Patients with acute myeloid leukemia whose disease has relapsed or become resistant to treatment saw a benefit with a combination of Opdivo and Vidaza.
Patients with acute myeloid leukemia (AML) who have relapsed or whose disease has become resistant to treatment may have new hope in a combination therapy, according to the findings of a phase 1b/2 clinical trial.
Researchers examined how well combining chemotherapy with immunotherapy works in these patients. One group of the trial included 70 patients with relapsed/refractory AML who were able to perform ambulatory and selfcare functions and had adequate organ function.
They were treated with Vidaza (azacitidine), a type of chemotherapy, and Opvido (nivolumab), an immunotherapy. The researchers saw an overall response rate of about 35% and 11% of patients had stable disease for more than six months.
“We think 40% to 45% of patients had a clinical benefit beyond what we would see in general AML therapies,” Dr. Naval G. Daver, an associate professor in the Department of Leukemia at The University of Texas MD Anderson Cancer Center in Houston, said in an interview with OncLive®, a sister publication of CURE®.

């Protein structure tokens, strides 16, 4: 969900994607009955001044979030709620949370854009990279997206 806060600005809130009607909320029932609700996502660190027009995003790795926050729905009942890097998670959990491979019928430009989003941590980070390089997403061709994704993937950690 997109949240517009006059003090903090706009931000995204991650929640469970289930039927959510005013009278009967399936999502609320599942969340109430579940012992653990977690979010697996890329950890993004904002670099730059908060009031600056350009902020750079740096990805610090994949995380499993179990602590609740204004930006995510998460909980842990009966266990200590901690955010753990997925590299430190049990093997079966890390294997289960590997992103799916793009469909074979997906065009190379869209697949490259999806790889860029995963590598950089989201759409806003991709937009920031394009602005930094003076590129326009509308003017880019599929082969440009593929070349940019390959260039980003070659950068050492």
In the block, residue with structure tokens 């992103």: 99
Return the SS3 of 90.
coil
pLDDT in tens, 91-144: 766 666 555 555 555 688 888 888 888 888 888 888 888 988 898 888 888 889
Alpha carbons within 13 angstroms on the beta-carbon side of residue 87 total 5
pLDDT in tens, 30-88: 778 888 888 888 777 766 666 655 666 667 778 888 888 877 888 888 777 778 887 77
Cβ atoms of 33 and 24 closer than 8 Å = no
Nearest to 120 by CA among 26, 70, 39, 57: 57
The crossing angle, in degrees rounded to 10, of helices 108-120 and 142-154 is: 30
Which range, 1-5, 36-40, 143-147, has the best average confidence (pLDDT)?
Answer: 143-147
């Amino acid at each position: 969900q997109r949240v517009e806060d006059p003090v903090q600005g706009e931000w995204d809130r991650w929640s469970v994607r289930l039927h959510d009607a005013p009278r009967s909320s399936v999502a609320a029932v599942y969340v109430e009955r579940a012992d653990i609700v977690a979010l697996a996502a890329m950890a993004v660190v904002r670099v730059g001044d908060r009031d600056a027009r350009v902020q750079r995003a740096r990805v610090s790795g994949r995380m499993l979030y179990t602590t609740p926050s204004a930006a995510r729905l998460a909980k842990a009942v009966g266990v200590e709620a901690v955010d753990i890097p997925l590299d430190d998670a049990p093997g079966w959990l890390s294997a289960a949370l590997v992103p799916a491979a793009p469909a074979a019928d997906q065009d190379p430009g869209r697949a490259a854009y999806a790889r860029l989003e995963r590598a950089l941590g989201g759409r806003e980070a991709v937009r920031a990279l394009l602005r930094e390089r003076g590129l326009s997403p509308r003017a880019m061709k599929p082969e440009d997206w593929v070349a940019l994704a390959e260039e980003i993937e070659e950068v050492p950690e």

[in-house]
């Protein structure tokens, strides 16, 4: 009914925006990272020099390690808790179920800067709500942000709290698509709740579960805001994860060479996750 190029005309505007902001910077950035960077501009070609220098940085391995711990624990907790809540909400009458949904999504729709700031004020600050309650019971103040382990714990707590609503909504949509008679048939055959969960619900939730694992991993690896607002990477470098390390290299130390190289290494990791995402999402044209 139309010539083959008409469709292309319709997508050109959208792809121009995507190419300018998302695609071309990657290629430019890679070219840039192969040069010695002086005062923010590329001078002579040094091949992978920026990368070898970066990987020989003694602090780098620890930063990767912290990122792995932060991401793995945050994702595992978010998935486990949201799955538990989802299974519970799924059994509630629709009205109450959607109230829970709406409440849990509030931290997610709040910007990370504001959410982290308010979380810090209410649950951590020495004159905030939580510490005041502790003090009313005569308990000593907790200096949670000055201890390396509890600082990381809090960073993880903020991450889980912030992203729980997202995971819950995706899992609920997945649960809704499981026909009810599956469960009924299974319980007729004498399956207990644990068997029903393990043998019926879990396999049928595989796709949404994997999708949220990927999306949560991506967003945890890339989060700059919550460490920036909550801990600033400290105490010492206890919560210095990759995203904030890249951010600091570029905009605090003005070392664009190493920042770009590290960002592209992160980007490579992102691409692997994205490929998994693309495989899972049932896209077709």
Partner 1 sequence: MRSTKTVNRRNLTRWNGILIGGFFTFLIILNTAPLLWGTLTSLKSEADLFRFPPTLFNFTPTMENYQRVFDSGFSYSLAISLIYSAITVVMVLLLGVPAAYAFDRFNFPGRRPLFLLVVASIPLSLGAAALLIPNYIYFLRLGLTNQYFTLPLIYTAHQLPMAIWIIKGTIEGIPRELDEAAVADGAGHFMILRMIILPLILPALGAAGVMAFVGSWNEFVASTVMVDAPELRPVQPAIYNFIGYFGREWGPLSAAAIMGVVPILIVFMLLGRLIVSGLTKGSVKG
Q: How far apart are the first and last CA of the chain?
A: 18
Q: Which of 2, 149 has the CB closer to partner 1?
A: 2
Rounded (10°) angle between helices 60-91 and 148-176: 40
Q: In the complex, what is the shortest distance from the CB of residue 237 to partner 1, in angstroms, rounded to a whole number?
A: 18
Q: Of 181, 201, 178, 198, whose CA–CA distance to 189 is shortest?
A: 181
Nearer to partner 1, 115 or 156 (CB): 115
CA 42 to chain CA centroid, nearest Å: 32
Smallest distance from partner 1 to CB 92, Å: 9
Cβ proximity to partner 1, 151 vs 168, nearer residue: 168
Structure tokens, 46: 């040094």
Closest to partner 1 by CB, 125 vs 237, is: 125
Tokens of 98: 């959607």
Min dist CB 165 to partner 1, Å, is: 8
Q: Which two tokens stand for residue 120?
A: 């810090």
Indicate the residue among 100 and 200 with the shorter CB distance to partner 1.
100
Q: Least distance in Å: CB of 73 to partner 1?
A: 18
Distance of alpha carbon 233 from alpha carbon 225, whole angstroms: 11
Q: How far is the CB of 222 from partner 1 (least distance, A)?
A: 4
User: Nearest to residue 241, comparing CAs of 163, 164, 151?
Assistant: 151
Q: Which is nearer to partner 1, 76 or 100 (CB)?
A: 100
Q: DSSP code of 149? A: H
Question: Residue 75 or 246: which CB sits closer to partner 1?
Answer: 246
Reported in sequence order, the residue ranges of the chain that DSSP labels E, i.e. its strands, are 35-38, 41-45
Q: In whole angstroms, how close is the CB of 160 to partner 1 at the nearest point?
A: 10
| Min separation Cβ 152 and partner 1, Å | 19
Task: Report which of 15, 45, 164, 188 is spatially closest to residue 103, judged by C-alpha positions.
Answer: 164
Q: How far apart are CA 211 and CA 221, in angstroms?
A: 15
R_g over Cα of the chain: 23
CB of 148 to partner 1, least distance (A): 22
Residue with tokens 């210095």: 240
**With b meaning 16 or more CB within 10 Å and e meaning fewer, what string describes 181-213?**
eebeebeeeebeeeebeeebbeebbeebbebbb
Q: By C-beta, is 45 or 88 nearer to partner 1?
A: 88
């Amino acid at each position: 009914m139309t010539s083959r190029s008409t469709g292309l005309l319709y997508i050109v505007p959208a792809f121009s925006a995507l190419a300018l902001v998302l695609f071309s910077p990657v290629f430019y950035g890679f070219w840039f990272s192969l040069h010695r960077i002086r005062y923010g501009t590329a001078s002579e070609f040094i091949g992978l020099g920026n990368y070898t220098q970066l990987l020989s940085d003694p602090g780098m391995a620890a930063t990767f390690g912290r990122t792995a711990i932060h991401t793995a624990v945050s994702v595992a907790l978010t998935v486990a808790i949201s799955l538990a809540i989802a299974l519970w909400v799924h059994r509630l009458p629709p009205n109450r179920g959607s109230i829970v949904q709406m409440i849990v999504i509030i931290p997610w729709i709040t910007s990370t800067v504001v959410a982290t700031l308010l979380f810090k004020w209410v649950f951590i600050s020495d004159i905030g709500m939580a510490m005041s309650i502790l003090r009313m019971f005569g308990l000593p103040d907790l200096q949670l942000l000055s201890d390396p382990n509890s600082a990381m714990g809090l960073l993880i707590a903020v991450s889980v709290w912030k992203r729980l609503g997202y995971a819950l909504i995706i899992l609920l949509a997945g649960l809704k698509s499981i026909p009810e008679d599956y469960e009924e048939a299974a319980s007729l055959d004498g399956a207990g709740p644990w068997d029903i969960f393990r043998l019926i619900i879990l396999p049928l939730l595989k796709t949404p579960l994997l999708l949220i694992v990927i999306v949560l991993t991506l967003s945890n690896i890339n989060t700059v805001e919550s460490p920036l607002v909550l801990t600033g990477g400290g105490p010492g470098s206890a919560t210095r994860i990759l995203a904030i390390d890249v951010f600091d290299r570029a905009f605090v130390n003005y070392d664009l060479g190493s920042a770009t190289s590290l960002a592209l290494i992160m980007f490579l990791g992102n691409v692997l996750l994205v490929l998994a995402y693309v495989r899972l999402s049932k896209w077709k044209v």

Although 11% of patients did not achieve remission, they experienced an improvement in transfusion and improved quality of life, Daver explained. “Of course, this is very well known to be occurring with immune-checkpoint therapy in solid tumors,” he said.
An additional analysis explored the use of Vidaza alone in patients with AML. And the researchers learned that the Vidaza/Opdivo combination was better. In fact, the response rates were approximately doubled with the combination compared with Vidaza alone, Daver explained.
“What was very interesting is that there were patients who were (in first relapse) seemed to have the best survival improvement,” he said. “The median survival in these patients, the majority being above 70 years of age, was 10.5 months, which is almost double of what we have seen with azacitidine alone.”
Daver believes a greater depletion of T cells in patients who received several prior lines of therapy may be the reason why patients who had initial relapse fared better.
A second group in the trial included 31 patients with relapsed/refractory AML who were a median age of 71, and were treated with Vidaza, Opdivo and Yervoy (ipilimumab). Among those treated with all three therapies, nine patients (36%) had a complete response and four (16%) had stable disease. The median overall survival — defined by the start of treatment until the time of patient death – was greater than 10 months.
Roughly more than 60,000 cases of leukemia will be diagnosed this year in the United States, and of those, nearly 20,000 will be new cases of AML, according to the American Cancer Society. The disease typically affects older adults; the average age of when a first diagnosis occurs is 68 years old. AML is also slightly more common in men.